The priest also officiated over sacrifices of humans, who were usually offenders found guilty of transgressions. Sacrifices were usually made in time of war or pestilence, and usually before the winter made food scarce.

The clan ate deer that had been cooked on a spit over a fire, and fruits and vegetables which had been gathered by the women. They drank water from springs. In the spring, food was plentiful. There were eggs of different colors in nests and many hare to eat. The goddess Easter was celebrated at this time.

After this hunting and gathering era, there was farming and domestication of animals such as horses, pigs, sheep, goats, chicken, and cattle. Of these, the pig was the most important meat supply, being killed and salted for winter use. Next in importance were the cattle. Sheep were kept primarily for their wool. Flocks and herds were taken to pastures. The male cattle, with wood yokes, pulled ploughs in the fields of barley and wheat. The female goat and cow provided milk, butter, and cheese. The chickens provided eggs. The hoe, spade, and grinding stone were used. Thread was spun with a hand-held spindle which one hand held while the other hand alternately formed the thread from a mass and then wound it around the spindle. A coarse cloth was woven and worn as a tunic which had been cut from the cloth. Kings wore tunics decorated with sheet gold. Decorated pottery was made from clay and used to hold liquids and for food preparation and consumption. During the period of "lent" [from the word "lencten", which means spring], it was forbidden to eat any meat or fish. This was the season in which many animals were born and grew to maturity. Wood carts with four wheels were used to transport produce and manure. Horses were used for transportation of people or goods. Wood dug-out boats and paddles were used to fish on rivers or on the seacoast.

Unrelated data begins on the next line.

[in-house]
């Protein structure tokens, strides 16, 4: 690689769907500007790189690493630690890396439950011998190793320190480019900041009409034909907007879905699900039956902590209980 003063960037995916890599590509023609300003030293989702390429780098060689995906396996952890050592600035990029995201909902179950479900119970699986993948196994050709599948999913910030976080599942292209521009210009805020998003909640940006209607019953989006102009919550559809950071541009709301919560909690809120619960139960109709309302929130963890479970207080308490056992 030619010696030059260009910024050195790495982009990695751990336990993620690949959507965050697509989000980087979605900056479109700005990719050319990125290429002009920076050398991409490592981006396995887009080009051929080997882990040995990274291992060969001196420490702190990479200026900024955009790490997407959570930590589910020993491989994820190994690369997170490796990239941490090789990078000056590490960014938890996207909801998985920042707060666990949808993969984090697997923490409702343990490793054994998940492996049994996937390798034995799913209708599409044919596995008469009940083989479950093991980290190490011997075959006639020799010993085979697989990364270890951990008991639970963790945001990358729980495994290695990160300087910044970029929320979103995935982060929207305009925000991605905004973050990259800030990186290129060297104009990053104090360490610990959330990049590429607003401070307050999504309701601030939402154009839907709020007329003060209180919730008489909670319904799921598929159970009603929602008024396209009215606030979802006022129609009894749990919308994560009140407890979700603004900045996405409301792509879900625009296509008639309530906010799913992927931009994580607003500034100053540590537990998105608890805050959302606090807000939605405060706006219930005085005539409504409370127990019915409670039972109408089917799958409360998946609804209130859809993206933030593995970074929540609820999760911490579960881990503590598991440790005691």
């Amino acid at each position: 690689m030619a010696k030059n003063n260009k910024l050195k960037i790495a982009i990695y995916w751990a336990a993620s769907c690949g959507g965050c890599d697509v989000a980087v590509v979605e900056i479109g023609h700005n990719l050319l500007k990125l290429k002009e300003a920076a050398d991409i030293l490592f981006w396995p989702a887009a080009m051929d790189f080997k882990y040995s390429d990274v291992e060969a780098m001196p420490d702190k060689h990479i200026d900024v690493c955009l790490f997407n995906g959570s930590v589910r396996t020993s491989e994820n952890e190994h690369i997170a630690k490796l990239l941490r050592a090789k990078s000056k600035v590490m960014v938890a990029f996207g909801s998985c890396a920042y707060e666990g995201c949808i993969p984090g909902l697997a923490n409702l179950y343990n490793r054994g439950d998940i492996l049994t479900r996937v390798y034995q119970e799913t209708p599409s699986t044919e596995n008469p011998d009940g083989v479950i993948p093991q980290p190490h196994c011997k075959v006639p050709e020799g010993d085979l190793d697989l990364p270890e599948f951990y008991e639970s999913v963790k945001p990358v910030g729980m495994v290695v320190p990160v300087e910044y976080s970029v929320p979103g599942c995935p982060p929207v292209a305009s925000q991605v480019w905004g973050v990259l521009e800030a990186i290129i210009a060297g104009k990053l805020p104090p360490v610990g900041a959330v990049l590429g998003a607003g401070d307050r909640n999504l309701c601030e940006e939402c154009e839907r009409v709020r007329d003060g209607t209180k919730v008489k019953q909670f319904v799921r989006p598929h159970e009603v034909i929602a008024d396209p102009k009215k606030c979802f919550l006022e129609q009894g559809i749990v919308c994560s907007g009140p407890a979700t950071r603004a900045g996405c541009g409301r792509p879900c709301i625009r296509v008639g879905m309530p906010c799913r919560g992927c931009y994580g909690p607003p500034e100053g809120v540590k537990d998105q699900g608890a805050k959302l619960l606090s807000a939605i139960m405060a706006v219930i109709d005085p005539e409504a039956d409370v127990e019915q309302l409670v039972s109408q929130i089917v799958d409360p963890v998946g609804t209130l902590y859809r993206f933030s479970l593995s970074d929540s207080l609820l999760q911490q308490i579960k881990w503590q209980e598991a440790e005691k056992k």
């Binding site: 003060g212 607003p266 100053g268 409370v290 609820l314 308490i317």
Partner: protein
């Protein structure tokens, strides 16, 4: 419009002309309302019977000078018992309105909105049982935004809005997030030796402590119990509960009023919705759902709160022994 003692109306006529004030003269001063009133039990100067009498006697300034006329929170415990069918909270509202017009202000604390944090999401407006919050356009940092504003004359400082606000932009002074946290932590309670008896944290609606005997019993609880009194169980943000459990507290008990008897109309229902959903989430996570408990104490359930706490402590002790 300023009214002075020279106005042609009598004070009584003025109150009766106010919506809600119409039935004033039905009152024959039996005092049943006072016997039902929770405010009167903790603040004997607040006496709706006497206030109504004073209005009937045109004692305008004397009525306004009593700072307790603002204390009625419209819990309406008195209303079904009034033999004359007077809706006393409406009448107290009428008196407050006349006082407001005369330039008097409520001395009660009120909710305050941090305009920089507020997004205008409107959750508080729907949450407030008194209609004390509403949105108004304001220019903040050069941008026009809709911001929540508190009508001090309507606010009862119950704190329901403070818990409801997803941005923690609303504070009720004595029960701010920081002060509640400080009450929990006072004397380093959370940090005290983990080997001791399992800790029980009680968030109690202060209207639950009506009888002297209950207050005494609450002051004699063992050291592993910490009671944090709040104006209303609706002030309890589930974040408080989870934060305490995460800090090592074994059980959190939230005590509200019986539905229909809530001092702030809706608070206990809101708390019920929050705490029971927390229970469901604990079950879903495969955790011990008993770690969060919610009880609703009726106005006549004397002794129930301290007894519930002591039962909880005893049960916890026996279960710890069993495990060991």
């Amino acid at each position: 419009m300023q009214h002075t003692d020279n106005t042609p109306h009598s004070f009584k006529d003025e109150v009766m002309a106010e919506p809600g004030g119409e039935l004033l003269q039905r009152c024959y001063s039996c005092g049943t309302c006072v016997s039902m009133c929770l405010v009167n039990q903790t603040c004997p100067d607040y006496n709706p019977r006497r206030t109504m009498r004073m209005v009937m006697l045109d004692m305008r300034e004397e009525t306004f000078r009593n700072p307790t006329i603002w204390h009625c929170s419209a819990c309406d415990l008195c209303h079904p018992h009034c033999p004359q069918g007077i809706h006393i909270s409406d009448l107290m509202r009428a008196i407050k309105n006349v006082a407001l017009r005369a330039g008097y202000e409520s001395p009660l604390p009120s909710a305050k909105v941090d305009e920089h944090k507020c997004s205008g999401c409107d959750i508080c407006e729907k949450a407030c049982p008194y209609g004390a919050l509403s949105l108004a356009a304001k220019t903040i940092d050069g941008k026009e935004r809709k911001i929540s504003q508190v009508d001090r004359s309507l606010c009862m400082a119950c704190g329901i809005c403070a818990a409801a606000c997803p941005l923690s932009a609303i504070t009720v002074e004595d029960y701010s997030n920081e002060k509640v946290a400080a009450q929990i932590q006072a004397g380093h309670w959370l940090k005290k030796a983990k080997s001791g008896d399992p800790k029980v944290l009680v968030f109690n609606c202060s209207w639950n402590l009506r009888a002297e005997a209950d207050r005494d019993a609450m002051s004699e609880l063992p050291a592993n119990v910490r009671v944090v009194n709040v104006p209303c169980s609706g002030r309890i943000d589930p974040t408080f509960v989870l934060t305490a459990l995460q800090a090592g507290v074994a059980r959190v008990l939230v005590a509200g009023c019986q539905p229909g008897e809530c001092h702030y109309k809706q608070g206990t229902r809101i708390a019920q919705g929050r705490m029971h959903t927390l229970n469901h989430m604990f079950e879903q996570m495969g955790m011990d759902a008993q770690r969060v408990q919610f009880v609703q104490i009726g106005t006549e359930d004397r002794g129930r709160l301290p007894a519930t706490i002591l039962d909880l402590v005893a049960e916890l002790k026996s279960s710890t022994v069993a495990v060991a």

Clans had settlements near rivers. Each settlement had a meadow, for the mowing of hay, and a simple mill, with round timber huts, covered with branches or thatch or turf supported by a ring of posts. Inside was a hearth with smoke going up through a hole in the roof, and a cauldron for cooking food. There was an upright loom in the darkness. The floor was swept clean. At the door were spears or bags of slingstones ready for immediate use. The King lived in the largest hut. Gullies outside carried off excess water. Each hut had a garden for fruit and vegetables. A goat or cow might be tied out of reach of the garden. There was a fence or hedge surrounding and protecting the garden area and dwelling. Buckets and cauldrons which had originated from the Mediterranean were used. Querns with the top circular stone turned by hand over the bottom stone were used for grinding grain. There were ovens to dry and roast grain. Grain was first eaten as a porridge or cereal. There were square wood graneries on stilts and wood racks on which to dry hay. Grain was stored in concealed pits in the earth which were lined with drystone or basketwork or clay and made airtight by sealing with clay or dung. Old pits were converted into waste dumps, burials, or latrines. Outside the fence were an acre or two of fields of wheat and barley, and sometimes oats and rye. Wheat and rye were sown in the fall, and oats and barley in the spring. Sowing was by men or two oxen drawing a simple scratch plow. The crops were all harvested in the summer. In this two-field system, land was held by peasants in units designed to support a single extended family. These fields were usually enclosed with a hedge to keep animals from eating the crop and to define the territory of the settlement from that of its neighbors. Flax was grown and made into linen cloth. Beyond the fields were pastures for cattle and sheep grazing. There was often an area for beehives. This was subsistence level farming.